(Bloomberg) -- Asia hedge funds including Long Corridor Asset Management Ltd. bought shares of sanctioned Chinese telecommunications operators, trading against a market sell-off.
Long Corridor acquired a small amount of shares, Hong Kong-based Chief Investment Officer James Tu said. At least three other Asia-based managers also purchased shares, lured by handsome dividend yields offered by the already undervalued stocks, said people with knowledge of the matter, who requested not to be named because the matter is private. The four hedge funds manage about $8 billion collectively.
The dumping frenzy created a buying opportunity for hedge funds seeking to profit from volatile markets in the twilight days of Donald Trump’s presidency. U.S. investors are barred from backing companies deemed to be controlled by China’s military, part of Trump’s wider effort to clamp down on the world’s second-largest economy.
MSCI Inc. and S&P Dow Jones announced last week they would drop Hong Kong-traded shares of China Mobile Ltd., China Telecom Corp. and China Unicom Hong Kong Ltd. from benchmarks. That prompted index-tracking funds to unwind positions at short notice, pushing the shares’ trading volume to 18 times the daily average of the previous three months. The world’s largest money manager BlackRock Inc. also reduced its holdings and plans to keep selling, a person familiar said.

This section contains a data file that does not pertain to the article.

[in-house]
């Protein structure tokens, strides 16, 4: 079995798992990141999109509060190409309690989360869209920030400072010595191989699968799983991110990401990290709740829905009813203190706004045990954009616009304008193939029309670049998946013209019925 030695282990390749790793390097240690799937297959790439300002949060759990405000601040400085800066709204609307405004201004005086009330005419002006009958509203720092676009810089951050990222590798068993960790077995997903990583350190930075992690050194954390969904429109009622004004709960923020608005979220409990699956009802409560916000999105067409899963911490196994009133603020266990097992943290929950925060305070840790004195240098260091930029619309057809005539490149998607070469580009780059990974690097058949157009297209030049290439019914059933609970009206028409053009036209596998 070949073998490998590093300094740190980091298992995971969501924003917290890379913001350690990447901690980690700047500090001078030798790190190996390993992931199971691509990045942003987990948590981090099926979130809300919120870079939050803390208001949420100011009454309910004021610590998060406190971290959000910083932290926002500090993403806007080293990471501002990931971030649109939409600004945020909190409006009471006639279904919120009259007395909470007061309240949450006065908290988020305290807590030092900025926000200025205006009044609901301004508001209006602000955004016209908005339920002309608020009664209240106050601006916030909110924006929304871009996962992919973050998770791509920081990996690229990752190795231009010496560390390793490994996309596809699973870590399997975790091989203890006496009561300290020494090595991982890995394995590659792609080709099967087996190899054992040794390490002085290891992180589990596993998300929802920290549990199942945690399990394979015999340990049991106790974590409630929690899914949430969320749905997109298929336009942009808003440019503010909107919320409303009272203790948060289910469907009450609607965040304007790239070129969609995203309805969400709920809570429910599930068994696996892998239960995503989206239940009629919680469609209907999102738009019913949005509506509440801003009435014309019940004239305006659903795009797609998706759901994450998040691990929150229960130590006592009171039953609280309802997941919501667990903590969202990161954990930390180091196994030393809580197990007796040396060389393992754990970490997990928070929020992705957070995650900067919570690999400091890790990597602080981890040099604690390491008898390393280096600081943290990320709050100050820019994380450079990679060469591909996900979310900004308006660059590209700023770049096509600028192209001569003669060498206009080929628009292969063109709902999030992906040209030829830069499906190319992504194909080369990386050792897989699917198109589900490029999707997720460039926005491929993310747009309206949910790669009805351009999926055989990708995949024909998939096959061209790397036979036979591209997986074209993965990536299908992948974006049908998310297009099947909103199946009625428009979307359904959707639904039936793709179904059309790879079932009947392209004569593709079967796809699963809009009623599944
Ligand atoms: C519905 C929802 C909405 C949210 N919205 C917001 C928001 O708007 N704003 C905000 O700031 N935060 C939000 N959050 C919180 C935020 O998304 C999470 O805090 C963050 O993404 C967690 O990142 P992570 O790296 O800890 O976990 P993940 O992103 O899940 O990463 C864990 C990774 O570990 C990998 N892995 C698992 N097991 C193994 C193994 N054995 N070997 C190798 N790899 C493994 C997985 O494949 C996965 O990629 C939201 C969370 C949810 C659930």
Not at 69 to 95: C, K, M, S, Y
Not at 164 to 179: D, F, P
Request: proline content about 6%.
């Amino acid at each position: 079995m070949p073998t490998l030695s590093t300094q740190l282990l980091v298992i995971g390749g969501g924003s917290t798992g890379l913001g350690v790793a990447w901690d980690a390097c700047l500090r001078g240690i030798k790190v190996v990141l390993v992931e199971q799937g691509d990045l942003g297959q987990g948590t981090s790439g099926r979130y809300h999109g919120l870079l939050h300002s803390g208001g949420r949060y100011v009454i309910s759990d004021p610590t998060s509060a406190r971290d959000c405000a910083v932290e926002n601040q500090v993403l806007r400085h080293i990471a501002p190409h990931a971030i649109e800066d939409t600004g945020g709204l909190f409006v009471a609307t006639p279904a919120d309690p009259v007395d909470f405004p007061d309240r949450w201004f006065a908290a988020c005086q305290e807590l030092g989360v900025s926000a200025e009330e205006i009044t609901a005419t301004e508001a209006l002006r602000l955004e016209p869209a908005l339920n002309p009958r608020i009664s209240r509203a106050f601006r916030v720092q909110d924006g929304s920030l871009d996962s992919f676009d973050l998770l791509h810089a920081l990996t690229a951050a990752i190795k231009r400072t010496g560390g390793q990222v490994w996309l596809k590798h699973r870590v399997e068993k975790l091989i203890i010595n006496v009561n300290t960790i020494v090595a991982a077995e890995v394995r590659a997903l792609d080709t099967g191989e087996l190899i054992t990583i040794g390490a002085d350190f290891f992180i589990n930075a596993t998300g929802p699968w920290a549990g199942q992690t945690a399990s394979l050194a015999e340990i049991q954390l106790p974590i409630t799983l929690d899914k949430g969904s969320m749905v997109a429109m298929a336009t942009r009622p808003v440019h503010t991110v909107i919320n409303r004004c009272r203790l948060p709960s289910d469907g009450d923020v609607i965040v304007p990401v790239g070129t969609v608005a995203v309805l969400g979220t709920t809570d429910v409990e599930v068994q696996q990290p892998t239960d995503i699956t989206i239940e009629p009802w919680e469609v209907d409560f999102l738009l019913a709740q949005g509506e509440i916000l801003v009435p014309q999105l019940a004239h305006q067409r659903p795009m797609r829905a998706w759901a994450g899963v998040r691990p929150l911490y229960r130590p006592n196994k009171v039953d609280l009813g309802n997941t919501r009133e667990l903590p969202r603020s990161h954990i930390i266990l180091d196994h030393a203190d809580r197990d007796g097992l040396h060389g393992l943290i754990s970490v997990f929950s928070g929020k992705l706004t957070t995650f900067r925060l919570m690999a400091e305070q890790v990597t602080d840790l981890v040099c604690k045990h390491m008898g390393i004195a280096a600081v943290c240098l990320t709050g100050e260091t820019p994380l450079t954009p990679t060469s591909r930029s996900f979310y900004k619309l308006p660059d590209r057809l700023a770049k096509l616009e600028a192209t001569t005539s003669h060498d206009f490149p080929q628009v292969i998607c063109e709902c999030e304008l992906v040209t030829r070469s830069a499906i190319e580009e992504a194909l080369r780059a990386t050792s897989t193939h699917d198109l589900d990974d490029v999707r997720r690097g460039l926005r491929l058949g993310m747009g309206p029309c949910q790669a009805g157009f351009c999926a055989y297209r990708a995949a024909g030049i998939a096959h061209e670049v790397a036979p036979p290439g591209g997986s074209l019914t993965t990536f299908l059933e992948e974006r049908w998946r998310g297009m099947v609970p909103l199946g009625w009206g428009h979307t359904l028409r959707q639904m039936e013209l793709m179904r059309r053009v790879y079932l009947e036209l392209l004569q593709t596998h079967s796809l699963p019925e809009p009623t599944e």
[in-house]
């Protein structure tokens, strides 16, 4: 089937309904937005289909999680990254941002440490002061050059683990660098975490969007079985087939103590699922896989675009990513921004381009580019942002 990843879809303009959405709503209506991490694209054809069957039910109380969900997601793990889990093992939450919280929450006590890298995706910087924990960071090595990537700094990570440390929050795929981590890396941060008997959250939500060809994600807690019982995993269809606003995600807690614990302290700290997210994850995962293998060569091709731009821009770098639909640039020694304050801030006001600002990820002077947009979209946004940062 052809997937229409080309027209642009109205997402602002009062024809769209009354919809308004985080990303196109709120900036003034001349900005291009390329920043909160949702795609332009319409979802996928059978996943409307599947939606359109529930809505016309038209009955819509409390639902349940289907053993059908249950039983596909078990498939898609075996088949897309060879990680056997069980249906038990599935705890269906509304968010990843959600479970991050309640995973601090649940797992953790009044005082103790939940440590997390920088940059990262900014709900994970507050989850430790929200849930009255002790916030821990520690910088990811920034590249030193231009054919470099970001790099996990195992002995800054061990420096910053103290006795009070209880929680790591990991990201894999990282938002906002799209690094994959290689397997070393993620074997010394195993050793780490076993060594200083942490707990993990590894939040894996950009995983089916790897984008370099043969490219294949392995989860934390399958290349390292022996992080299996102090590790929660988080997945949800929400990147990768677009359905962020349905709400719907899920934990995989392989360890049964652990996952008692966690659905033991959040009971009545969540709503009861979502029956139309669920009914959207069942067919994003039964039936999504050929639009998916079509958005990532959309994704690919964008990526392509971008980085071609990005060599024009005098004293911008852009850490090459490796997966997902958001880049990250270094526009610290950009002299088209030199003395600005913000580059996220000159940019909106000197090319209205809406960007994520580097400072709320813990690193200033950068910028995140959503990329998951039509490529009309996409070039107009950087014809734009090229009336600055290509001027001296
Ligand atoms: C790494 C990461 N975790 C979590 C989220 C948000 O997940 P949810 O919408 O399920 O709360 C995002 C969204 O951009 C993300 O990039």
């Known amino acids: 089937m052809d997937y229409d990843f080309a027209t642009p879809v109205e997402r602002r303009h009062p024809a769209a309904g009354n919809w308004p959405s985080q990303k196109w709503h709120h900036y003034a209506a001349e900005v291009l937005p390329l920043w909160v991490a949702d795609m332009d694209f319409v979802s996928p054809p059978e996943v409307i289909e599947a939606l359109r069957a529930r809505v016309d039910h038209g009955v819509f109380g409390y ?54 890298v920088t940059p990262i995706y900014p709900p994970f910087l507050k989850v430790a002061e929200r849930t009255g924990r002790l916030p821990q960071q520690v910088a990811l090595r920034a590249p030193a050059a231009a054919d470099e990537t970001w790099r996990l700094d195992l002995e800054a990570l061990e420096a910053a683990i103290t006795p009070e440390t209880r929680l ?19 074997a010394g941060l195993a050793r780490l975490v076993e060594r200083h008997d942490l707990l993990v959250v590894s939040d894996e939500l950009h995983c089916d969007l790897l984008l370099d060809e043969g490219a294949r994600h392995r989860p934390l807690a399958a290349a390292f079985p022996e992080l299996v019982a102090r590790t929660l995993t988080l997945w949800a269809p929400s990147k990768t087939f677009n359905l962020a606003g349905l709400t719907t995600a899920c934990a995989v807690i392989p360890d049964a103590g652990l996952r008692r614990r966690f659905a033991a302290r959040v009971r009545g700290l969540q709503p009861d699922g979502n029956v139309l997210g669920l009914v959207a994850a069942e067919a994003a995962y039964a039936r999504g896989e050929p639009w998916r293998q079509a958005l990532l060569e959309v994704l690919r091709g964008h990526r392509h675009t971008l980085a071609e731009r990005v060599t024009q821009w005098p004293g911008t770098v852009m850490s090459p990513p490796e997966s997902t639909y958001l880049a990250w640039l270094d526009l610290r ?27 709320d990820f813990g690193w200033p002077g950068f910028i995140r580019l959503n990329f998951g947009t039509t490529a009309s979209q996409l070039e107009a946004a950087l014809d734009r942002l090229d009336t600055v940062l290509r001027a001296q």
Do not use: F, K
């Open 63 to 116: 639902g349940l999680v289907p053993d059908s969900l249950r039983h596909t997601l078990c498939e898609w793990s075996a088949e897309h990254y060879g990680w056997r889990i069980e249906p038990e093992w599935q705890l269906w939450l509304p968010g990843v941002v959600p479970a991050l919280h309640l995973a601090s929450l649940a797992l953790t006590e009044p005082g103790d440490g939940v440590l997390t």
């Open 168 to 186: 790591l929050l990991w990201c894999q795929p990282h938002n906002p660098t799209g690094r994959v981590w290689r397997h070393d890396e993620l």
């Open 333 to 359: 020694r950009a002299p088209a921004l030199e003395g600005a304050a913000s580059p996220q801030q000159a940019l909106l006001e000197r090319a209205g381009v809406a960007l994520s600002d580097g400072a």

“The technical selling that culminated on Jan. 8 provided an entry opportunity on these telecommunications names which are already beaten down,” said Tu, whose $220 million hedge fund returned 46% last year.
Shares of China Unicom sank as much as 11% in Hong Kong on Friday, while China Mobile and China Telecom dropped around 10% during trading hours. The companies have since recovered, partly helped by mainland investors.
The “impact of U.S. investment ban could be largely done,” Jefferies analysts led by Hong Kong-based Edison Lee wrote in a Jan 10. report, adding that mainland buying accounted for about 28.5% of trading volume on Friday.
China Mobile offered a 7% dividend yield and China Telecom 6%, greater than the MSCI World Index yield of about 2%. China Mobile may boost shareholder returns via raising dividend payouts or share buybacks, according to Bloomberg Intelligence analyst Anthea Lai.
“We don’t mind holding this for a longer time, but short-term, we also think there is a chance that U.S.-China relations would improve and many damaging tactics would be reversed, although we are not relying on that to happen,” Tu said.
Even if the policies are not reversed, U.S. investors who owned shares before the sanctions took effect have until November to sell their positions. Non-U.S. investors can continue to trade those stocks. One of the hedge funds put the holdings in a special purpose vehicle open only to non-U.S. investors to comply with rules, said a person.